Life Sciences and Health

Professor Tracy Johnson works with students in the lab.

If you like to explore the secrets of human organisms or think you might have a talent for healing, you may find your calling in the biological sciences and health field. Students in this field are fascinated by life, from single cells to the human body as a whole.

Academic Majors and Minors

Here are some of the majors and minors available in this field of study:

Most Popular Majors

  • Biology
  • Microbiology, Immunology and Molecular Genetics
  • Molecular, Cell and Developmental Biology
  • Physiological Science

Trending Majors

  • Computational and Systems Biology
  • Ecology, Behavior and Evolution
  • Human Biology and Society

Intriguing Minors

  • Biomedical Research
  • Conservation Biology
  • Evolutionary Medicine
  • Food Studies
  • Society and Genetics

Ronald Reagan UCLA Medical Center is ranked No. 1 in California and No. 5 nationally — and it’s right on campus. Through programs like UCLA Care Extenders, students in any major can train as volunteers to assist medical staff and gain firsthand experience.

Noteworthy Faculty

Here are just a few of the many professors in this field of study who’ve had a remarkable impact in their area of expertise.

A headshot of Professor Paul Barber

Paul Barber

Professor of Ecology and Evolutionary Biology

Barber, a marine biologist, strives to advance diversity in STEM fields. He created UCLA’s Diversity Project, a summer research intensive that takes underrepresented minority students to places like French Polynesia to study marine biodiversity.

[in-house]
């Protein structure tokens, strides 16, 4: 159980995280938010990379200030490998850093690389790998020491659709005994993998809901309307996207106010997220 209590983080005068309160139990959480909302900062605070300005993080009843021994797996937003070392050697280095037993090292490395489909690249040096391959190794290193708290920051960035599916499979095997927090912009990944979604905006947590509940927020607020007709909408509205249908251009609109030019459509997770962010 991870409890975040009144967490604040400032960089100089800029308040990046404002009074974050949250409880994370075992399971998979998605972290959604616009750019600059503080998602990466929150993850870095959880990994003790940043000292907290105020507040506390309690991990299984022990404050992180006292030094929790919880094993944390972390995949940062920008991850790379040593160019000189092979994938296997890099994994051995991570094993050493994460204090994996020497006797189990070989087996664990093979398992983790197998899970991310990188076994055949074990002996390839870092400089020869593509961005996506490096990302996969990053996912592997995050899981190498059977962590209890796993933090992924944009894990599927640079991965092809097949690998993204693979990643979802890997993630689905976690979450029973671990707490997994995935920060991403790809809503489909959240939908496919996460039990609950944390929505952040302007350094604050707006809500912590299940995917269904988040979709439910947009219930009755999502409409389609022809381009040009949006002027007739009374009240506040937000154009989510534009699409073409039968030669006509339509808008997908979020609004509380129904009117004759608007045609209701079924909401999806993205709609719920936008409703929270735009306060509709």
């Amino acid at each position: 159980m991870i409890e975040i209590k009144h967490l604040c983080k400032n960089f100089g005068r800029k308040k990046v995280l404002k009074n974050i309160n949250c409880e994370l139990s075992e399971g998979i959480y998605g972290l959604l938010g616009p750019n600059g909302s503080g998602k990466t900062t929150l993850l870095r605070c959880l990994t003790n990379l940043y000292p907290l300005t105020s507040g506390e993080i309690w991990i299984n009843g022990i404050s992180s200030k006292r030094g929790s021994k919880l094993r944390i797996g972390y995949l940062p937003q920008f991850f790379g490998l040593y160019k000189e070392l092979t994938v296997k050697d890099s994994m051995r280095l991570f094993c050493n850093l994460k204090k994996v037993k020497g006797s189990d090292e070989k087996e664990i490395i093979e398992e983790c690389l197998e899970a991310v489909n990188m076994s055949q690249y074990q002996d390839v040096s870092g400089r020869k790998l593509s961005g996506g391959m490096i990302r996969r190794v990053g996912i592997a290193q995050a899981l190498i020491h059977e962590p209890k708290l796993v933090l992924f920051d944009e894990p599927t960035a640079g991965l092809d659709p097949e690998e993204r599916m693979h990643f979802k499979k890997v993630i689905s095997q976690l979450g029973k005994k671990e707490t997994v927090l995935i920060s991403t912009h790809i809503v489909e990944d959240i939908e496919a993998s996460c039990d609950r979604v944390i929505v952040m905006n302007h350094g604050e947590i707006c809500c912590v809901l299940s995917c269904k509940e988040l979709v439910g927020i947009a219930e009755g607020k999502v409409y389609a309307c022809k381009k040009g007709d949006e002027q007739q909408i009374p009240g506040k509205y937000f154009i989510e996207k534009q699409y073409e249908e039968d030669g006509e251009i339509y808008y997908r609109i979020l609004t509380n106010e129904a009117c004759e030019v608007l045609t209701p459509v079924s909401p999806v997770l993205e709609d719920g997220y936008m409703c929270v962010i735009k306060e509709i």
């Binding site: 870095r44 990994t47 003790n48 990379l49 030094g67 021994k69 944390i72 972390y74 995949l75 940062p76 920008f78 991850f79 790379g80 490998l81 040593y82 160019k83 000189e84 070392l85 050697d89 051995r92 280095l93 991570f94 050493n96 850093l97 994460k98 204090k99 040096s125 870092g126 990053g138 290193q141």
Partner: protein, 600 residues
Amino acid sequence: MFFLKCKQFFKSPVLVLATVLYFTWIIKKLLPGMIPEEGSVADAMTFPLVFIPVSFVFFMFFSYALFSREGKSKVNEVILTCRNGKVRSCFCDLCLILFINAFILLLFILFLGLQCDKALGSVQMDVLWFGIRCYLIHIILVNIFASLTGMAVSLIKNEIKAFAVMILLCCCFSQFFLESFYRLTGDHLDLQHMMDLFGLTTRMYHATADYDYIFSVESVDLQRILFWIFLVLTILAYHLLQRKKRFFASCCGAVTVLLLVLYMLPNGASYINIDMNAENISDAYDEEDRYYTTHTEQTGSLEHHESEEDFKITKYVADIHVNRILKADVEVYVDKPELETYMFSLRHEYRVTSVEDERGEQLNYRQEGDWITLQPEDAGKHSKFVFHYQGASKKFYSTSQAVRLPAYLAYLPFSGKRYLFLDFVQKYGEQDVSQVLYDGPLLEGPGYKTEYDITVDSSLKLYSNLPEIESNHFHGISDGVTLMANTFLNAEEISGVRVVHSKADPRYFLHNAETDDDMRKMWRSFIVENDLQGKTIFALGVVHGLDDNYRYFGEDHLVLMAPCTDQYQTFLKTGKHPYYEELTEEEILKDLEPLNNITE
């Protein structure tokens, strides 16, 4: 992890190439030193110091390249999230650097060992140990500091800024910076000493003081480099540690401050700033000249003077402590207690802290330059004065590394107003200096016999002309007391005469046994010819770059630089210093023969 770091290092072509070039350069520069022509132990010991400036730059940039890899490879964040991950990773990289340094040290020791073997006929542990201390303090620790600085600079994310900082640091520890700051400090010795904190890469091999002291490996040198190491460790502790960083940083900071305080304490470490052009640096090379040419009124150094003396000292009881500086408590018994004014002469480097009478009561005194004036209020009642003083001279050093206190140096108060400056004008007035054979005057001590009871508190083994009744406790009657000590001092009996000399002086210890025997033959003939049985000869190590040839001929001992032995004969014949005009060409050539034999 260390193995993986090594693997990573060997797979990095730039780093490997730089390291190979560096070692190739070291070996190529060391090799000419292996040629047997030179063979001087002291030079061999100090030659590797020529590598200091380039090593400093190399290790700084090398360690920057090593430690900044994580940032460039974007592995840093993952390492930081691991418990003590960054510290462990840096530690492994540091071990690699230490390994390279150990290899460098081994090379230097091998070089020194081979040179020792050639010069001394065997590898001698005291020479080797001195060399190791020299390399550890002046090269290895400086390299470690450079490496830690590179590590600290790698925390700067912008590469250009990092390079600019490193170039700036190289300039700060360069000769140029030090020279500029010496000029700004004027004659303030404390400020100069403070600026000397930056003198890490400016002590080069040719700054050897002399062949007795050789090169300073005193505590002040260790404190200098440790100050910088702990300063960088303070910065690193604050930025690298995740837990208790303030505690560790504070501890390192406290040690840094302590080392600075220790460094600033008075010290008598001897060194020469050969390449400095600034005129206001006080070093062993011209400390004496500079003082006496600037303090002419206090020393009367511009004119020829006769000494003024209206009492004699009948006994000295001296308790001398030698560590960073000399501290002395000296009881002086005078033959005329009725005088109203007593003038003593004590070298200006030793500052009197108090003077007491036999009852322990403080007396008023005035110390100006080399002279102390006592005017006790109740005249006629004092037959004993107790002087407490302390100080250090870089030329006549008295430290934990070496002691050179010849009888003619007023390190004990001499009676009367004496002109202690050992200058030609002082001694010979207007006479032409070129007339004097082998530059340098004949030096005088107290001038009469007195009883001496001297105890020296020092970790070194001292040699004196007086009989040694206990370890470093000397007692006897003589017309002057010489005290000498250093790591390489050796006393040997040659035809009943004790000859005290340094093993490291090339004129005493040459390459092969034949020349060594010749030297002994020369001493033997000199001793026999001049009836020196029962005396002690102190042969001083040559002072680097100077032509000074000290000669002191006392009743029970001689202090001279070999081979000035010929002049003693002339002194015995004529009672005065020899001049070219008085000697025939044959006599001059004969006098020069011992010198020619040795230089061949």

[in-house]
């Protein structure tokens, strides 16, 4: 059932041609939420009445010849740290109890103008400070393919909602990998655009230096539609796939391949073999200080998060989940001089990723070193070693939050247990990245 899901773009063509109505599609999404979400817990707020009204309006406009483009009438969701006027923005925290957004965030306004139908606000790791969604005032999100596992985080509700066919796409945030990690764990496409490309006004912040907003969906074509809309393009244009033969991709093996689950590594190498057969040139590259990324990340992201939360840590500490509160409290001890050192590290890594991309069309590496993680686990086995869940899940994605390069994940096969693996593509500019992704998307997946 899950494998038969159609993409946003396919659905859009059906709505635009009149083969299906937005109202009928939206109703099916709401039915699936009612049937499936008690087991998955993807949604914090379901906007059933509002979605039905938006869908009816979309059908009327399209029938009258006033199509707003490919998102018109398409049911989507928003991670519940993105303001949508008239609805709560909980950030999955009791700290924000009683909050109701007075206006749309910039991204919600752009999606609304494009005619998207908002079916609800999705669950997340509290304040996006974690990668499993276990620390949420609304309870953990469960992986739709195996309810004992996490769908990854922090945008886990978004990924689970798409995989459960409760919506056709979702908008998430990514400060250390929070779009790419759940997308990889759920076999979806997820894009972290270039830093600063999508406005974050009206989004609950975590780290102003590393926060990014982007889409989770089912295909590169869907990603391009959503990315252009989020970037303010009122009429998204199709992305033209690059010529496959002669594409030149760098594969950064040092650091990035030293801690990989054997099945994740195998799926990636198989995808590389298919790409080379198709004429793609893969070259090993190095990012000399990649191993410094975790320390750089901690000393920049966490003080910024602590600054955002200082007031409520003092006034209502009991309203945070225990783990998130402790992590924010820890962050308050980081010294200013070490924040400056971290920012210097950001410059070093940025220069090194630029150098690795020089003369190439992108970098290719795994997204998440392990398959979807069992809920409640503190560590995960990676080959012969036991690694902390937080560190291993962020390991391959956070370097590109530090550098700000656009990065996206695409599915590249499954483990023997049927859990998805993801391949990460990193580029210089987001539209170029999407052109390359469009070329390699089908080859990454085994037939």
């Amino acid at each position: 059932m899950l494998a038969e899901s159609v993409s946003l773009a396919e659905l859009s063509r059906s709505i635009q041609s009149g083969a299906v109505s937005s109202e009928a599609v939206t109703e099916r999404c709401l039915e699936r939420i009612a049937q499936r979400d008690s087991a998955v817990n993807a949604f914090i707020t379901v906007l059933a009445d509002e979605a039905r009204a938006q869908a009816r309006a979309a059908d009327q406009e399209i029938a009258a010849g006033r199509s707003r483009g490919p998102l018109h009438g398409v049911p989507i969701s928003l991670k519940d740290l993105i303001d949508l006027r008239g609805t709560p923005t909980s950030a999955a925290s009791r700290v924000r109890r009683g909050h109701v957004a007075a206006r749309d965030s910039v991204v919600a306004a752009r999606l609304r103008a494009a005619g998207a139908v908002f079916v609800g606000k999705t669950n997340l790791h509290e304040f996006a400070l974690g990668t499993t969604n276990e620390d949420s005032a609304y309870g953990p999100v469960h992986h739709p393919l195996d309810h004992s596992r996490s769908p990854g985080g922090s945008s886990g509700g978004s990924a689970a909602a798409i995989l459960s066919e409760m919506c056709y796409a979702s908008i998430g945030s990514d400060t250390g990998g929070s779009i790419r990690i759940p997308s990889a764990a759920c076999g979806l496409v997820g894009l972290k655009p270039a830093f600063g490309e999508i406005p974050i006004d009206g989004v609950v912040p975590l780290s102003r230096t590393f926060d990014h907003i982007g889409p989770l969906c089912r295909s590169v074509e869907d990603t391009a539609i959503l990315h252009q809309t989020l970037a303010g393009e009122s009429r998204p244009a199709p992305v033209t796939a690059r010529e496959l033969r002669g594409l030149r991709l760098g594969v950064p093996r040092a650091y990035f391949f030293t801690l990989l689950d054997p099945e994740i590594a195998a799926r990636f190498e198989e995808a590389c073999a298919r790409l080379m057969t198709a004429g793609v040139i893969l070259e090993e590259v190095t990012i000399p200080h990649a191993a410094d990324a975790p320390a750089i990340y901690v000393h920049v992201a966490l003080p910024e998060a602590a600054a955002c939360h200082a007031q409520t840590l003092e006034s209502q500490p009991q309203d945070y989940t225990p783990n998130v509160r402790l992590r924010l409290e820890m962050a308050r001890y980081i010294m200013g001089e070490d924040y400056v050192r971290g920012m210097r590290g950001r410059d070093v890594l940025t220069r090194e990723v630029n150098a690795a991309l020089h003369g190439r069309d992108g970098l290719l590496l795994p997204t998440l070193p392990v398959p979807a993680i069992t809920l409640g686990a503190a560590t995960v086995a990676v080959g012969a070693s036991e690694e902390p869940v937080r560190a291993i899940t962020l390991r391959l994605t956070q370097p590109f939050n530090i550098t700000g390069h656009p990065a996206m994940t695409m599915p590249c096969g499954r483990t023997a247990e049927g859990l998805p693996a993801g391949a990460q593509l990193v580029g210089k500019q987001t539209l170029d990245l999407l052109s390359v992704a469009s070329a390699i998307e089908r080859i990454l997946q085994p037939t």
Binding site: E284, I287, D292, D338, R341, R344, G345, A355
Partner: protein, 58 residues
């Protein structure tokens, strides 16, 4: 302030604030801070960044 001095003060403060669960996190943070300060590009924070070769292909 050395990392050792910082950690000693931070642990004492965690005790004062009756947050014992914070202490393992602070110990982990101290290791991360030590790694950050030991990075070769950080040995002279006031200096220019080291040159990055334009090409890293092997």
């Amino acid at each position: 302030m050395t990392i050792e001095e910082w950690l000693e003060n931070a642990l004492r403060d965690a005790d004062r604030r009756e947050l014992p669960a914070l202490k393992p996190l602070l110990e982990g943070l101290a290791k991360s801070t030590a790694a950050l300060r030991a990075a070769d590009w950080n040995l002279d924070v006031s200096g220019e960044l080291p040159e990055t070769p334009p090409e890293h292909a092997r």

A headshot of Associate Professor Barbara Bates-Jensen

Barbara Bates-Jensen

Professor of Nursing

A world-renowned researcher, author and inventor, Bates-Jensen was a co-developer of the SEM Scanner, a wireless wound assessment device that can detect pressure injuries up to 10 days before damage is visible. The device transformed pressure ulcer care.

A headshot of Professor Rachelle Crosbie

Rachelle Crosbie

Professor of Integrative Biology and Physiology

Crosbie is passionate about understanding the molecules that drive muscle cell function. Her pioneering research on Duchenne muscular dystrophy has helped young people suffering from the deadly disease. She and her team continue to work on finding a cure.

A headshot of Professor Tracy Johnson

Tracy Johnson

Professor of Molecular, Cell and Developmental Biology

A recipient of the National Science Foundation Career Award, Johnson was recently named dean of the division of life sciences. She uses innovative and active techniques to engage students, including those helping investigate gene splicing and transcription in her lab.

Notable Alumni

Bruins have achieved great heights in all walks of life — health, sports, entertainment, public service, science and technology, and arts and letters. Here are some alumni in this field of study who have had a noticeable impact on the world.

A headshot of UCLA alum Patricia Ganz

Patricia Ganz

M.D. ’73

Research pioneer and advocate for breast cancer survivors

A headshot of UCLA alum Randy Schekman

Randy Schekman

Individual Field Concentration in Molecular Biology ’71

Winner of the 2013 Nobel Prize in Physiology or Medicine

A headshot of UCLA alum Paul Terasaki

Paul Terasaki

Zoology ’50, M.S. ’52, Ph.D. ’56

Tissue-typing revolutionary who devised the procedure for matching organ donors with organ recipients

Growth Careers in the Field

Here are a few examples of growing areas in this field of study:

Genetic Counselors

Ongoing technological innovations, including improvements in lab tests and developments in genomics, are projected to spur 27% growth in this field by 2028.

Nurse Anesthetists, Nurse Midwives and Nurse Practitioners

An increased emphasis on preventive care and demand for healthcare services from the aging baby-boom population is predicted to lead to 31% growth in these career options by 2028.

Physician Assistants

This field is projected to grow 31% by 2028 due to an increase in the aging population, which means a greater need for those who provide preventative care and treat the sick.